Tech sector innovation continues to churn out affordable and easy to use smartphone add-ons with the potential to enable and streamline care in developing countries, where bigger, more expensive equipment may be out of reach. With these tools at doctor’s fingertips, reaction time to emergencies or disease detection can be greatly decreased.
1. Fluorescent Microscope or Flow Cytometer
Dr. Aydogan Ozcan of UCLA developed a cell phone case/attachment that converts an iPhone camera into a miniaturized flow cytometer and fluorescent microscope. With medical applications from transplantation to studying the interaction of the immune system and cancerous tumors to prenatal diagnosis, flow cytometers can cost up to $150,000. Assembled for merely $50, the new device is much more portable than a full-scale machine.
This portable, wedge-shaped iPhone cradle made for less than $200 can be just as accurate, or so developers claim, as a $50,000 spectrophotometer, which can be used to measure blood hemoglobin saturation as well as for many research applications. Developed by Professor Brian Cunningham at the University of Illinois, the wedge aligns additional lenses with the iPhone camera, which can then detect toxins, proteins and bacteria in a slide-mounted sample. Its developers eliminated the need to label samples with expensive florescent dyes, using the sample’s wavelength as a built-in label instead.
3. Plug-in Remote Pulse Oximeter
Researchers at the University of British Columbia are tailoring the Phone Oximeter gadget to improve performance and make it more cost-effective for those in the developing world. The peripheral add-on tethers a finger-mounted light sensor to the phone jack that senses hemoglobin saturation in the blood, bypassing an actual blood sample, which puts the patient at risk for infection.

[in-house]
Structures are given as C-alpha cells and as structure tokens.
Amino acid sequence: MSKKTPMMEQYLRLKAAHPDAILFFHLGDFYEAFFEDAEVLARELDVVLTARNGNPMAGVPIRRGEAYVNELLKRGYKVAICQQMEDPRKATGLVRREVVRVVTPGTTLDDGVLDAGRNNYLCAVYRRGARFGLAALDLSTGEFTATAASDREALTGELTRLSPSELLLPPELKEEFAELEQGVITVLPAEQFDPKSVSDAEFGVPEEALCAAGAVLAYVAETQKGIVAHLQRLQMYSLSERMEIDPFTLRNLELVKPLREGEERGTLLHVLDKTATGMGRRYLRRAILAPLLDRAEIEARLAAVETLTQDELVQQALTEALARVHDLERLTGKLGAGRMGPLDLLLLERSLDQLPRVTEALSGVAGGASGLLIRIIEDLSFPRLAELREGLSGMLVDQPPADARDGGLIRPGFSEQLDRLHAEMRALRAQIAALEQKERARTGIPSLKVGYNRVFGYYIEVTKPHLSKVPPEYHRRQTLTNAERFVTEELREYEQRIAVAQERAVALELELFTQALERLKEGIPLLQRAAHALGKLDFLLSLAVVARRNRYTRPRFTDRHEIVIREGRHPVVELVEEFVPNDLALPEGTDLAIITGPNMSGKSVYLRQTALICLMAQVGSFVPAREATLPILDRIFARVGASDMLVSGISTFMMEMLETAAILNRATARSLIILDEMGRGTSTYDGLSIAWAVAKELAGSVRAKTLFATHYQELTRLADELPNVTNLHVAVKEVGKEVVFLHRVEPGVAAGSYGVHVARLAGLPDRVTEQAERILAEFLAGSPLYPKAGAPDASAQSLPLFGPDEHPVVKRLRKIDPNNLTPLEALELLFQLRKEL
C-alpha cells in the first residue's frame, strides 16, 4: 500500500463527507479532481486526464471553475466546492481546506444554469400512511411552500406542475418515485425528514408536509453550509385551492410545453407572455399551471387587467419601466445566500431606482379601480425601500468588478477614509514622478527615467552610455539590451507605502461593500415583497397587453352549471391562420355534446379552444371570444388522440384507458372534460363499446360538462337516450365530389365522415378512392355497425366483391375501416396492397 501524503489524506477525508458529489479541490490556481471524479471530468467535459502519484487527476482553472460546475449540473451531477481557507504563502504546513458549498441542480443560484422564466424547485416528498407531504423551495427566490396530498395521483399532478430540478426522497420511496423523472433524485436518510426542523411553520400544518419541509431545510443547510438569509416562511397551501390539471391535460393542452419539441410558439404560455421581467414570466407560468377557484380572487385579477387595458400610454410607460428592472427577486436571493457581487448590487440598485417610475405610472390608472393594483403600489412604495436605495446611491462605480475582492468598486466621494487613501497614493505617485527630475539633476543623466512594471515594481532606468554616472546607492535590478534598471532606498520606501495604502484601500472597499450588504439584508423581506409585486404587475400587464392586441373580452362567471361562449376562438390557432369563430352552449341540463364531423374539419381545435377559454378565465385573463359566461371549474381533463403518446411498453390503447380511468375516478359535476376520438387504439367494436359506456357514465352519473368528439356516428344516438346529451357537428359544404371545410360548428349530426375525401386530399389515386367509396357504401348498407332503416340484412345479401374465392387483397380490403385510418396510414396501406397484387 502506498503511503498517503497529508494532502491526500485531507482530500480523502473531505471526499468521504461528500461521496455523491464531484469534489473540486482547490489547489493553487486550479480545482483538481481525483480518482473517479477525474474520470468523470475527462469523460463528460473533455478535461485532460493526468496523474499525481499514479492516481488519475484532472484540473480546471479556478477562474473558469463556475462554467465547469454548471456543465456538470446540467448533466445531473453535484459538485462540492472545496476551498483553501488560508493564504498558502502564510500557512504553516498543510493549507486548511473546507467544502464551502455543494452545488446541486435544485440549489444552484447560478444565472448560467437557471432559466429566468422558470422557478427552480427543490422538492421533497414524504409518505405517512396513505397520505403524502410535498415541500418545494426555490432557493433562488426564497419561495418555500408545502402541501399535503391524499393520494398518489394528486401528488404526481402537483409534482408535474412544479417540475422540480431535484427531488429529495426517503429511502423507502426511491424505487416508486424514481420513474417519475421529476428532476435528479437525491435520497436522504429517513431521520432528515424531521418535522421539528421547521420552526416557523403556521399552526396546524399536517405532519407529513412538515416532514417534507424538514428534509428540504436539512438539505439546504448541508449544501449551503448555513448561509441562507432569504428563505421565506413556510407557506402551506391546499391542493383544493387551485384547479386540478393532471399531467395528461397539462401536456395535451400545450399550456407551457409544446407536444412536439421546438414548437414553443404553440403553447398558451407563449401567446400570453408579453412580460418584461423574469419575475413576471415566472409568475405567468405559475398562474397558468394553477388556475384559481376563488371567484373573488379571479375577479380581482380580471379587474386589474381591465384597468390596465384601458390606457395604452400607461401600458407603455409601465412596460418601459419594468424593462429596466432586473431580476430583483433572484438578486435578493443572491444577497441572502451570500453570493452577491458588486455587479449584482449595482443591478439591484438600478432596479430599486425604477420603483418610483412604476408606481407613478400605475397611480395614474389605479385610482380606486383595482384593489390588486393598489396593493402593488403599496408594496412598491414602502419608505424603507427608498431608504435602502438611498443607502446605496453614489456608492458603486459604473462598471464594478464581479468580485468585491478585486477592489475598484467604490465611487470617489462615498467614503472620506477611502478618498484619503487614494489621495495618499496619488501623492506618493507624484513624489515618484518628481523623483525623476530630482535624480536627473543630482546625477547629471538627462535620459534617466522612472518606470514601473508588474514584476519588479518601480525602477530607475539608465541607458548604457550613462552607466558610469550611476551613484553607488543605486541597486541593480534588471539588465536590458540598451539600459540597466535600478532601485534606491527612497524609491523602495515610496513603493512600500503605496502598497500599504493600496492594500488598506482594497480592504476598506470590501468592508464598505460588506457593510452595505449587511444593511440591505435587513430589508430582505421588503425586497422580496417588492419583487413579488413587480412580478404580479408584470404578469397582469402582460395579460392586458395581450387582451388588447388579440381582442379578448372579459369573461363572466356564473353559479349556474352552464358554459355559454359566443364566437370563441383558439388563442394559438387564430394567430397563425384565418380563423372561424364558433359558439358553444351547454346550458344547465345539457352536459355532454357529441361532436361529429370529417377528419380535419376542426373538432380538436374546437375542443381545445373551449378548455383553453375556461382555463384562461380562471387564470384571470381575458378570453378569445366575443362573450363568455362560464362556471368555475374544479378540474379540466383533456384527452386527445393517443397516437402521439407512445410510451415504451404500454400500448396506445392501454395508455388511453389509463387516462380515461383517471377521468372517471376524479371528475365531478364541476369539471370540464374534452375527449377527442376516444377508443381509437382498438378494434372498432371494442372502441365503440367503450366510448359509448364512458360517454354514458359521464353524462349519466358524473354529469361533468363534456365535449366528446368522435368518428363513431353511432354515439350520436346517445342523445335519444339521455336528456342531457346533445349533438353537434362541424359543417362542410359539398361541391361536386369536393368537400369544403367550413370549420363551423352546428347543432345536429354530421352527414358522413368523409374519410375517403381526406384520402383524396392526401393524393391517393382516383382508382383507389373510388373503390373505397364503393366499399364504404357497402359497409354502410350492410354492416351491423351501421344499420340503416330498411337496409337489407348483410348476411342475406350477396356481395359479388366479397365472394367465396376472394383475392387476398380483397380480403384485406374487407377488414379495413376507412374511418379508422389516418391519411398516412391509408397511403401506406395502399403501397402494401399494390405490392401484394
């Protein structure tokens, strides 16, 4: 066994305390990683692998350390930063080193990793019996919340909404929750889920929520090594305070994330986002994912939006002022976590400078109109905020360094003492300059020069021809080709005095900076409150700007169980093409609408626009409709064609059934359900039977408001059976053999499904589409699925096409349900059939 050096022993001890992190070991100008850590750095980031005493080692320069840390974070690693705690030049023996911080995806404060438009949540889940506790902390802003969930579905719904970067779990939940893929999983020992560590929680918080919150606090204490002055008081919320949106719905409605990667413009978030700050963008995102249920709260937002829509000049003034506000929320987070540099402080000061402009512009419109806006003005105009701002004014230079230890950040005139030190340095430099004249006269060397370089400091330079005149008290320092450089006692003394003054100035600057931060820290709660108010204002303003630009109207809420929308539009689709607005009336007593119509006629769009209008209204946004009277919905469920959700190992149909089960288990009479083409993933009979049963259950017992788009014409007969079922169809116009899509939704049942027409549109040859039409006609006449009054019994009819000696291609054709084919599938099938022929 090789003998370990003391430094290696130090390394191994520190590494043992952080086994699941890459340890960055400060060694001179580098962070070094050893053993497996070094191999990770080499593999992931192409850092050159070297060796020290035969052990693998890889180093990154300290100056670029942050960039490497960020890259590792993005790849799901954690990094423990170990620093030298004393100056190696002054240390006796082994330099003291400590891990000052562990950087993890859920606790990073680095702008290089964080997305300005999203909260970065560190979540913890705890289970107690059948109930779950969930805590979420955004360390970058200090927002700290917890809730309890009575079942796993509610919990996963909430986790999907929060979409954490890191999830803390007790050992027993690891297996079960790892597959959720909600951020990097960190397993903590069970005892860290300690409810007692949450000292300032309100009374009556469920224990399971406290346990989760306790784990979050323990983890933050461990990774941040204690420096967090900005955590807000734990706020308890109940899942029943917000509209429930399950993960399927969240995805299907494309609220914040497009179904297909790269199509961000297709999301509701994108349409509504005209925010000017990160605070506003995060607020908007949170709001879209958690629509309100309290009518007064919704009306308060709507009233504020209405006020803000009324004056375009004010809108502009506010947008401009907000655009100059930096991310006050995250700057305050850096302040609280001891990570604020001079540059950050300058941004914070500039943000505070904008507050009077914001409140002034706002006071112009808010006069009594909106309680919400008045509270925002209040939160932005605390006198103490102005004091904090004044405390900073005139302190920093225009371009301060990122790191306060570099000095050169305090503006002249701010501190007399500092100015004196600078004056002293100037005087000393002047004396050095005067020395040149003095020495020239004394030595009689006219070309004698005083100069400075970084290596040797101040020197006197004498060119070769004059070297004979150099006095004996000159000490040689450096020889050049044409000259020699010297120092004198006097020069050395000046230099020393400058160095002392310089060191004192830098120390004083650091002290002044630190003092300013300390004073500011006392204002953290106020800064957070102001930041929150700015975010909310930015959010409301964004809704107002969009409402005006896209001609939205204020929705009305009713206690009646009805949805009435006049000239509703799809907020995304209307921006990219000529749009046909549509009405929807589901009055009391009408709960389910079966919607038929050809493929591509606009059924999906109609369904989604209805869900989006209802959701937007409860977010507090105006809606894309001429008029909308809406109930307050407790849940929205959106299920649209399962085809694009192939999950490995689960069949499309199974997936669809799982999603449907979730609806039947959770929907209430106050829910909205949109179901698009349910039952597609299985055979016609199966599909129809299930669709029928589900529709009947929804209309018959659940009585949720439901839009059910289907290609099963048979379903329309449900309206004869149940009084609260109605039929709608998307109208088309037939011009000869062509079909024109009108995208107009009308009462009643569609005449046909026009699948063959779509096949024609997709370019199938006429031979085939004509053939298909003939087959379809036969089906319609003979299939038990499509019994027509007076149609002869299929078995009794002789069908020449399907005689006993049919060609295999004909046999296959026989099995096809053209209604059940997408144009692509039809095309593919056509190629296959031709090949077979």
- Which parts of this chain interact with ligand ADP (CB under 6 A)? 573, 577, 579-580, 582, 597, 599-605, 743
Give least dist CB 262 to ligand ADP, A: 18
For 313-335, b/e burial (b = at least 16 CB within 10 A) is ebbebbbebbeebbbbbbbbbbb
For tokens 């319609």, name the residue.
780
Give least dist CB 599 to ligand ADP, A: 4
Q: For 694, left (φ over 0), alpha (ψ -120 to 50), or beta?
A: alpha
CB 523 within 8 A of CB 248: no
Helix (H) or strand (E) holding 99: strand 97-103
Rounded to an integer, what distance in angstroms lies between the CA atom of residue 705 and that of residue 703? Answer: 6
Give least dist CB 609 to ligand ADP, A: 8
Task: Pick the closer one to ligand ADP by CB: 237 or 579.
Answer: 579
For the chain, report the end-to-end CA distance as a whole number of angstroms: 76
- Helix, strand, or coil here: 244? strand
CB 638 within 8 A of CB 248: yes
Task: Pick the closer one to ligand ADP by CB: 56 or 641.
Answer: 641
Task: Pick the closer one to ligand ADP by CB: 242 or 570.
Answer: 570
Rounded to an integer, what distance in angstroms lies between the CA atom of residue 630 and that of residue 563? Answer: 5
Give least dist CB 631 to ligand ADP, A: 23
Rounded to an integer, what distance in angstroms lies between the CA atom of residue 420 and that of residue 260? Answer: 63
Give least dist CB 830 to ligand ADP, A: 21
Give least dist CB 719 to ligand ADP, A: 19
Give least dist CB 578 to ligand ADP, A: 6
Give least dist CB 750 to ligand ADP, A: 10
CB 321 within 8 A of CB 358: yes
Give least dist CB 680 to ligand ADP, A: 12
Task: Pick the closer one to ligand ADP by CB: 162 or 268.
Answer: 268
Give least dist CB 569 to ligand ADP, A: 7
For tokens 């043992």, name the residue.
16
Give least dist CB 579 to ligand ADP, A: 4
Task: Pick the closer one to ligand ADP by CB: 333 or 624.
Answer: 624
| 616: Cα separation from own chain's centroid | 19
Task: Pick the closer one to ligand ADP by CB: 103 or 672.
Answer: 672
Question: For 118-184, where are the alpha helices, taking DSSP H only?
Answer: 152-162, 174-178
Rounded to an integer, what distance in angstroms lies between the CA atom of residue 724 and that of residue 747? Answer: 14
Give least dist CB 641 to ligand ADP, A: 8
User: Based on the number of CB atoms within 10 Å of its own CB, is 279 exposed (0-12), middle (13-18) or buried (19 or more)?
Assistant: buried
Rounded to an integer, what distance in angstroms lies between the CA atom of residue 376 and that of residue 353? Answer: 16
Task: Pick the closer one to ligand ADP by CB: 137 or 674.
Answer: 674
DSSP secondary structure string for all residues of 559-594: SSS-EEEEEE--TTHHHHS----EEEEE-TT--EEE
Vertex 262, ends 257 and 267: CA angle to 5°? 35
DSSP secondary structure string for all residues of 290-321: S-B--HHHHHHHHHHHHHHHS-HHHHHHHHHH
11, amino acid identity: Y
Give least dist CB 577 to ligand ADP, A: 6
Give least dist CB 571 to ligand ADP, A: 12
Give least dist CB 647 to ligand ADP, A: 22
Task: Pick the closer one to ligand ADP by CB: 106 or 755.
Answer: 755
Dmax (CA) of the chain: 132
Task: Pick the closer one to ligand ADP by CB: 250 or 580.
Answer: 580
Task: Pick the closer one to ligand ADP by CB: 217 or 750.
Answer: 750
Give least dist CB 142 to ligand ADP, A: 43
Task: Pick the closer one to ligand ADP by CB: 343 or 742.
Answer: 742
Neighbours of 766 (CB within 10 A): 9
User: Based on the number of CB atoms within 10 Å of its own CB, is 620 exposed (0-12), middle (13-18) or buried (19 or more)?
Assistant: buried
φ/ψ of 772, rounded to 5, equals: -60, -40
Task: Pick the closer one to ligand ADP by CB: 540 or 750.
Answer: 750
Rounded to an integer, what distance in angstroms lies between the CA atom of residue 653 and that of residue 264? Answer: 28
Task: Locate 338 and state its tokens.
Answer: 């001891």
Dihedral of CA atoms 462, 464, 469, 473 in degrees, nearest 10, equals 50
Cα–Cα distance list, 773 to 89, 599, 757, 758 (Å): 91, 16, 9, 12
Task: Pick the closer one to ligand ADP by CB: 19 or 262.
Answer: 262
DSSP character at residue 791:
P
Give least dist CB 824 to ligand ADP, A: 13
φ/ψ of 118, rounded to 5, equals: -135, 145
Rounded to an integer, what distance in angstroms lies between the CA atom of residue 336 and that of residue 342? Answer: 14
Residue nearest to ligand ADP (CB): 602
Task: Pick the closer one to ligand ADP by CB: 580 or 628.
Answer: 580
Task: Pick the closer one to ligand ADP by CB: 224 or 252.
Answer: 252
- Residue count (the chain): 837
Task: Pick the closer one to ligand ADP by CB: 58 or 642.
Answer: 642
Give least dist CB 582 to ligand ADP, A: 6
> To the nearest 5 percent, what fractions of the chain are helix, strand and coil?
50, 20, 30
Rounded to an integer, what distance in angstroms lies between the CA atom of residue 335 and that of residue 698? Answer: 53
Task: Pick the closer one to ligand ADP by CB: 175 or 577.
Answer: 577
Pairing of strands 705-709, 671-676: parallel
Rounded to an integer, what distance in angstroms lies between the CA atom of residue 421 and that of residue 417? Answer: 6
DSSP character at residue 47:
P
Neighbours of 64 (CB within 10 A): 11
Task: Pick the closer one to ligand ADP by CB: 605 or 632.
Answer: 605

4. A Smartphone Specifically Designed To Communicate With Physicians
Doctors are now able to run a myriad of tests on one smartphone-sized, Android-based machine, packed with sensors. Measuring blood glucose level, heart rate, body fat percentage and more, the LifeWatch V can be used by a consumer on-the-go and the results sent automatically to their physician. Price varies based on data plan selected.
5. Blood Pressure Monitor
While it is available for consumer purchase, doctors can use the WiThings blood pressure monitor with an iPhone, iPad or iPod touch to easily track patient’s progress and provides single BP measurements or an average over time. And for patient use, the results can be emailed to providers. For $129.95, this FDA-approved device is also simply designed and easily installed.
To streamline the process doctors must go through to obtain an ECG in a hospital, Qualcomm has helped developed an iPhone case with two electrodes embedded in the back that wirelessly transmit data and can detect electrical and muscular activity in the heart. The AliveCor iPhone ECG is FDA-approved and is sold for $200 to licensed medical professionals.